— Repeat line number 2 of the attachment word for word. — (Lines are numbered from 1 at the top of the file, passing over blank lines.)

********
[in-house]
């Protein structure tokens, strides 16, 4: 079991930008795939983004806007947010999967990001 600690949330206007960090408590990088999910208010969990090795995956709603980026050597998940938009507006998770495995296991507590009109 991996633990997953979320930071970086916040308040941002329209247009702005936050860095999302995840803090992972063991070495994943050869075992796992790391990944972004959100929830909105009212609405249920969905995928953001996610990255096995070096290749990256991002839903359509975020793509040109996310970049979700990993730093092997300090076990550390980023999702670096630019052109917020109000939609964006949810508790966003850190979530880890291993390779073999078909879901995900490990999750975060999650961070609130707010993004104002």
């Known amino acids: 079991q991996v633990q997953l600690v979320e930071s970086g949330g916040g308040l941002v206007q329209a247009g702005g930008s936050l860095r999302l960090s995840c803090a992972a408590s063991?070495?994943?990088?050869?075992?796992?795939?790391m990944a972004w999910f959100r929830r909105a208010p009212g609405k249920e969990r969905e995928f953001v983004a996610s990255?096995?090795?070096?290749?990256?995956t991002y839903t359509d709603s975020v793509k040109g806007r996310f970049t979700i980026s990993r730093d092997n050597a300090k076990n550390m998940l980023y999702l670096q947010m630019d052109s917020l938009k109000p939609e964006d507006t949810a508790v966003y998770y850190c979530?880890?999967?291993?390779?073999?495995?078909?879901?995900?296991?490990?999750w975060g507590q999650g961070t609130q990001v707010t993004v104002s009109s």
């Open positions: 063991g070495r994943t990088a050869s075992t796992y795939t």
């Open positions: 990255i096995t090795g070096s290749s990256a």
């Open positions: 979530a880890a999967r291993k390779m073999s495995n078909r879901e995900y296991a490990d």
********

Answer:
């Protein structure tokens, strides 16, 4: 079991930008795939983004806007947010999967990001 600690949330206007960090408590990088999910208010969990090795995956709603980026050597998940938009507006998770495995296991507590009109 991996633990997953979320930071970086916040308040941002329209247009702005936050860095999302995840803090992972063991070495994943050869075992796992790391990944972004959100929830909105009212609405249920969905995928953001996610990255096995070096290749990256991002839903359509975020793509040109996310970049979700990993730093092997300090076990550390980023999702670096630019052109917020109000939609964006949810508790966003850190979530880890291993390779073999078909879901995900490990999750975060999650961070609130707010993004104002």